2. Professor Dadrian gave a talk at the University of North Carolina Wilmington. Quite a scholar! Fortunately he authored many books that have added to the truth of our history and the atrocities committed against us be the Ottoman Turks.

  3. Among numerous other commitments, Vahakn N. Dadrian supported scholars, human rights defenders and communities in Germany, when we sought for legislative recognition of the genocide against the Armenians since 1999 (the recognition was eventually gained in 2016). I met V.N. Dadrian at many international conferences and meetings, and always found him very collegial, supportive and inspiring. He will be remembered in the international academia.

  4. I had the privilege and honour to meet and speak with him while working at the Melkonian Educational Institute, when he had visited Cyprus and given highly interesting lectures regarding the Armenian Genocide in this modern world. It was roughly about 13 years before the Centennial. Dr. Dadrian would speak to everybody. Walking in the corridors of the school, he would stop and speak to the students, in the offices, he would strike up conversations with us, the teachers, etc. Very witty, sharp-minded, a conversation with him was an educational session. A great, great loss for us, Armenians of the Diaspora. Hopefully his work will be continued by other young, bright Armenian scholars.

  5. When I was a teenager, I remember the first time and the times after, Professor Dadrian would visit our home in Chicago. He had read my father’s (Suren Hovhanessian /Oganessian) articles in The Hairenik on Soviet Armenia and life as a political prisoner in Siberia. Over dinner, he would speak to my mother in German, which delighted her. She always prepared special dinners and Viennese pastry when he came. Our friendship continued when I got married, and then the professor would discuss Armenian topics with both my father and Murad. I would always listen to their conversations with interest. When my parents passed away, our friendship with Professor Dadrian continued over the years with phone calls and Christmas cards. What a delightful sense of humor he had, and how humble he was! When he would publish a paper, he would send us a copy so that Murad and I would know about his latest work, he would explain in a note or phone call. When he was honored for his great work by the Armenian Academy of Sciences in Armenia, he saw to it that my husband and I were invited. We were honored that he had thought of us, and it was a great honor to be at his important event. Often times, upon reading one of my articles in the Armenian Weekly, he would phone and say, “Knarik, what an article…! Your father would be so proud of you! You have a wonderful “pen! May it live on.” And when Murad passed away, he phoned to express his condolences. On one occasion, when he was well up in years, I asked, “Professor how is your work coming along?” He replied, I am working very hard day and night because I don’t have that much time left.” He was truly a humble and kind man, a dedicated and hard-working man. May God Bless his soul, and may the Armenian Nation and her people never forget him and the work he has done.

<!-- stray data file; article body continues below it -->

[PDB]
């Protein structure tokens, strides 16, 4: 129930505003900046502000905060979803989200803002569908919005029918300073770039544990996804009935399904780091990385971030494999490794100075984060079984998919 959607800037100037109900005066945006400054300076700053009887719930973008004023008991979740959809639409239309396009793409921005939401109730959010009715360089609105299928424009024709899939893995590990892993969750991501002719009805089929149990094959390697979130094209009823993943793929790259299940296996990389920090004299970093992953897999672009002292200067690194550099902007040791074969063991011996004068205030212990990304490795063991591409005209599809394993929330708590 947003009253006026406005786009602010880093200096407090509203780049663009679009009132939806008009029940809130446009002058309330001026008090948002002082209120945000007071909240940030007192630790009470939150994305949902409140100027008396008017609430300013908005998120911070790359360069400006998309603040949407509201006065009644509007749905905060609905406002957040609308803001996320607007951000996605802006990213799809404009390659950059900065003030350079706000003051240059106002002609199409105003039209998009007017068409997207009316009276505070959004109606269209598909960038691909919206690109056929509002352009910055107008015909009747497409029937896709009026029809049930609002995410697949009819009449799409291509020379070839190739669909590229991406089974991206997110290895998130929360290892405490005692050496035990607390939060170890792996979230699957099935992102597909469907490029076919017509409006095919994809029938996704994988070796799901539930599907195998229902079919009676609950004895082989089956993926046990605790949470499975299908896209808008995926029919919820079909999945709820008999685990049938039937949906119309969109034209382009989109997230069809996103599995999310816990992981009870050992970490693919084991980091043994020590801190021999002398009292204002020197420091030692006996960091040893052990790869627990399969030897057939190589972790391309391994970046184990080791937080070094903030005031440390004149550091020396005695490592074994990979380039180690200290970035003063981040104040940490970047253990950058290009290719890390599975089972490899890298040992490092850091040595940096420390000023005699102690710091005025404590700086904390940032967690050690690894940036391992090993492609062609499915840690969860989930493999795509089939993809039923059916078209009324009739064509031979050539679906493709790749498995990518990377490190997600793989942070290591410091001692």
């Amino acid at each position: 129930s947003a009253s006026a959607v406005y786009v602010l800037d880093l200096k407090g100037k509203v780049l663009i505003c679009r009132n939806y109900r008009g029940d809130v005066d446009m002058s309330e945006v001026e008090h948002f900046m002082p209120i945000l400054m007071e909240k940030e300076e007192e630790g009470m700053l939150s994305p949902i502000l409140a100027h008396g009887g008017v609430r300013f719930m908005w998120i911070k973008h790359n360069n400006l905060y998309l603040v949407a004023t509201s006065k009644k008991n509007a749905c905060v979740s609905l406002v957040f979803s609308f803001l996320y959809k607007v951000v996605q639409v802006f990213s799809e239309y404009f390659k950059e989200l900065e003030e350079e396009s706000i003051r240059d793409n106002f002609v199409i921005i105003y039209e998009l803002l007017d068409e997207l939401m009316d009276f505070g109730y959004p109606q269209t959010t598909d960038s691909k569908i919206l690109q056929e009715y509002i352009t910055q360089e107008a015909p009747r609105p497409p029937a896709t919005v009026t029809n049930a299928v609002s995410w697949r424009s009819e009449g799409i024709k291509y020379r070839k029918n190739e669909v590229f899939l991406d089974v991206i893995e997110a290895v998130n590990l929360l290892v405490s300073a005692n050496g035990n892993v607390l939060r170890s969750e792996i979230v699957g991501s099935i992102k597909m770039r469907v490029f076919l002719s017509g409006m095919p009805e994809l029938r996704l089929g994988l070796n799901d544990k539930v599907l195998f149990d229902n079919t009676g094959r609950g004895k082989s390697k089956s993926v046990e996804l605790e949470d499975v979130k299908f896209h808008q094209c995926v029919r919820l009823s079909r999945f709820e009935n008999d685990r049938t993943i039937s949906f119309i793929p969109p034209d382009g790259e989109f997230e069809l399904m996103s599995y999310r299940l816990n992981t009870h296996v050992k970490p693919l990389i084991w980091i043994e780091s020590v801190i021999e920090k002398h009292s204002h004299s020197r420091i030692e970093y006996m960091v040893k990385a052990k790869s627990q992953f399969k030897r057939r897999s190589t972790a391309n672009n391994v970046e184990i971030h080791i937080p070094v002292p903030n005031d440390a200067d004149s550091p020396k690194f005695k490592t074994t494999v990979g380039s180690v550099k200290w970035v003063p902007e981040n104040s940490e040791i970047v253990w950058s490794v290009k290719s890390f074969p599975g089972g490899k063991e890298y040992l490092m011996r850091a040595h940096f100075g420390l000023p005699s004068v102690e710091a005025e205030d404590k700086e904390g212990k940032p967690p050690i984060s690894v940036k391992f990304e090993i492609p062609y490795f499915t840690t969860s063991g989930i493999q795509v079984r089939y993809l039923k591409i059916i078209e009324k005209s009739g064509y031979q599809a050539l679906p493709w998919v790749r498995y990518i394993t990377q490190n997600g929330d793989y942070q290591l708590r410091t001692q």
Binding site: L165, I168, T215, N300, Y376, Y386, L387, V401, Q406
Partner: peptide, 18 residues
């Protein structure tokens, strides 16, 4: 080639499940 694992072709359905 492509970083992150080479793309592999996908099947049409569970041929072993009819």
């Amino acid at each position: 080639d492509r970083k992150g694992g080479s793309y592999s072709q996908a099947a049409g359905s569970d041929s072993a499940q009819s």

Knarik O. Meneshian